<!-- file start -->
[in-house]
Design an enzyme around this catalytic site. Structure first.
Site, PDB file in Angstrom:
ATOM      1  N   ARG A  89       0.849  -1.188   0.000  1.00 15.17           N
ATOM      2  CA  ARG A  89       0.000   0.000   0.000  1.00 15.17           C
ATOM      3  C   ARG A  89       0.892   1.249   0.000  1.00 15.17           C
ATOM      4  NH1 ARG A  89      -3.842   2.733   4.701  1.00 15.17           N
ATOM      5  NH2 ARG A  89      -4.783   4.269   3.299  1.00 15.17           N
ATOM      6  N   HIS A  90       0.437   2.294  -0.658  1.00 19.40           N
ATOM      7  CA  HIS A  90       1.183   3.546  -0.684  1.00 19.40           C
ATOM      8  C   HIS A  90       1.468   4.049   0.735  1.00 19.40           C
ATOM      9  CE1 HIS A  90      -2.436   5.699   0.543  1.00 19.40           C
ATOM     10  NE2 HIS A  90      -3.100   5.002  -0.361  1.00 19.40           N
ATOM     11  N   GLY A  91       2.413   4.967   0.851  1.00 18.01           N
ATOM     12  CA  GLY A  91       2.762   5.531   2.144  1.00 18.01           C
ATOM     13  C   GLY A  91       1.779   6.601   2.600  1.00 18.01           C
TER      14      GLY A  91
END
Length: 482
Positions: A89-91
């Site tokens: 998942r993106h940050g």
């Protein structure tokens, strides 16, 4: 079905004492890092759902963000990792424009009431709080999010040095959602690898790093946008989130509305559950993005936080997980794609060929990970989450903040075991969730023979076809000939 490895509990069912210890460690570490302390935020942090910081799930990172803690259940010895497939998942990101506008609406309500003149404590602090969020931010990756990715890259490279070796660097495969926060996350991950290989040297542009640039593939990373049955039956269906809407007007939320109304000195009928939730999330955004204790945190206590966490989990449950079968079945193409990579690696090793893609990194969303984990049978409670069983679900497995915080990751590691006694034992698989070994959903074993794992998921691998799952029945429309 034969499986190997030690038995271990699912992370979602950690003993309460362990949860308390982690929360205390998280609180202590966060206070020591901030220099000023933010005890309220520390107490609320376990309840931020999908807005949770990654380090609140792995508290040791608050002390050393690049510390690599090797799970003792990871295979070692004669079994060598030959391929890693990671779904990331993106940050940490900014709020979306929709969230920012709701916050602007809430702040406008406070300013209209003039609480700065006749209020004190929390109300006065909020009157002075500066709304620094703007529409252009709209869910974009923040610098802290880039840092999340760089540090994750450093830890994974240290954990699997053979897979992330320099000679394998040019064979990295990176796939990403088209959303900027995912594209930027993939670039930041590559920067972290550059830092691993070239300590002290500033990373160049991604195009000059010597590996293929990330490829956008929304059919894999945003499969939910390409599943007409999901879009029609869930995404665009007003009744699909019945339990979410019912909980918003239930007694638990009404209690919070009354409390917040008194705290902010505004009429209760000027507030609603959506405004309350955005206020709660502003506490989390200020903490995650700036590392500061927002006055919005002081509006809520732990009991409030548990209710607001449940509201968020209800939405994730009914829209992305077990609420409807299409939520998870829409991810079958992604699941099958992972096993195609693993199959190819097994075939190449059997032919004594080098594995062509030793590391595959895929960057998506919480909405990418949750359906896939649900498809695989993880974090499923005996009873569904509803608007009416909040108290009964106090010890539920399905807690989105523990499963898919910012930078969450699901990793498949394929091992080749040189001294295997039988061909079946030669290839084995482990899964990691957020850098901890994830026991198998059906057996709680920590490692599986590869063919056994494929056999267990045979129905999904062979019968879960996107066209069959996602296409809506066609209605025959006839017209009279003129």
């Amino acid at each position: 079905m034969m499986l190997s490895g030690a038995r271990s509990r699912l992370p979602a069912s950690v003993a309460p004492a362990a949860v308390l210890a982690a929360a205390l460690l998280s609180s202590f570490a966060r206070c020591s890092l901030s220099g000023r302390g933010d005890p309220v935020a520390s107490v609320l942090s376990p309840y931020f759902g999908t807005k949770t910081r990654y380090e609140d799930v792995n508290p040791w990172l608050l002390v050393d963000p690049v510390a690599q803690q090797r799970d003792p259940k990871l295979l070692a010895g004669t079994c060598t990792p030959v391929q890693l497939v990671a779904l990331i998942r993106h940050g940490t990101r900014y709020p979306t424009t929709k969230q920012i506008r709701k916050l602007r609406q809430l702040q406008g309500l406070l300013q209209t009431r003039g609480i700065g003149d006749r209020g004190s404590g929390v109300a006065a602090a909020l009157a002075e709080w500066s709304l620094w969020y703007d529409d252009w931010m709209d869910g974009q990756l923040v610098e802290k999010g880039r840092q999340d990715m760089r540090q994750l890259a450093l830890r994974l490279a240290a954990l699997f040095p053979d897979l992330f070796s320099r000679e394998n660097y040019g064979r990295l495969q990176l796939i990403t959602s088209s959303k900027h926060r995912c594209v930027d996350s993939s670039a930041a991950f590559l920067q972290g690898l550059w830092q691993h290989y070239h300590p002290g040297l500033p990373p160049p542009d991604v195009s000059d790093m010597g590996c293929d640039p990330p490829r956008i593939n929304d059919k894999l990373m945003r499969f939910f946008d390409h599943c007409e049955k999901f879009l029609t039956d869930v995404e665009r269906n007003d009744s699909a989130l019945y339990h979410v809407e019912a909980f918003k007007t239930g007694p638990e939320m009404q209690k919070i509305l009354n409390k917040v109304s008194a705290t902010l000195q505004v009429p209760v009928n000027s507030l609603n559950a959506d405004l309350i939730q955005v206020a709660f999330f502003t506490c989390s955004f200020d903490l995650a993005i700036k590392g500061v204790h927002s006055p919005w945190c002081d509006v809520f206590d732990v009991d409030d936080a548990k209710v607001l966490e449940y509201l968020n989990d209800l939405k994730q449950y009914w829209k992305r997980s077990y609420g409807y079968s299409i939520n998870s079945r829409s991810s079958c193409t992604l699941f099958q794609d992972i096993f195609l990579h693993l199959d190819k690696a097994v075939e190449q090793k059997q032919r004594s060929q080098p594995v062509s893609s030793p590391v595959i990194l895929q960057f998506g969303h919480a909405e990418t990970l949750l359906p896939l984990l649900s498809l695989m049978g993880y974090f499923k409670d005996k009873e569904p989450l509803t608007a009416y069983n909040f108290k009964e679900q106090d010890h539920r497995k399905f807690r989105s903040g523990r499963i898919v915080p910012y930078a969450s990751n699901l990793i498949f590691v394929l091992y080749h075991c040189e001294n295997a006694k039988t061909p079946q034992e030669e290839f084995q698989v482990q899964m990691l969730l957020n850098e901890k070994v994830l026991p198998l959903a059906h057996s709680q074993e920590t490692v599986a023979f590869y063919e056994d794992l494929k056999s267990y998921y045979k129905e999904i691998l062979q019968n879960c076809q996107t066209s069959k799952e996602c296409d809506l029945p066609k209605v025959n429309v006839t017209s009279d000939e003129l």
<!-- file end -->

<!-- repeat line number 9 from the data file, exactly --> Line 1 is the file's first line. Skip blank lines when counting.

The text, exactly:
ATOM      6  N   HIS A  90       0.437   2.294  -0.658  1.00 19.40           N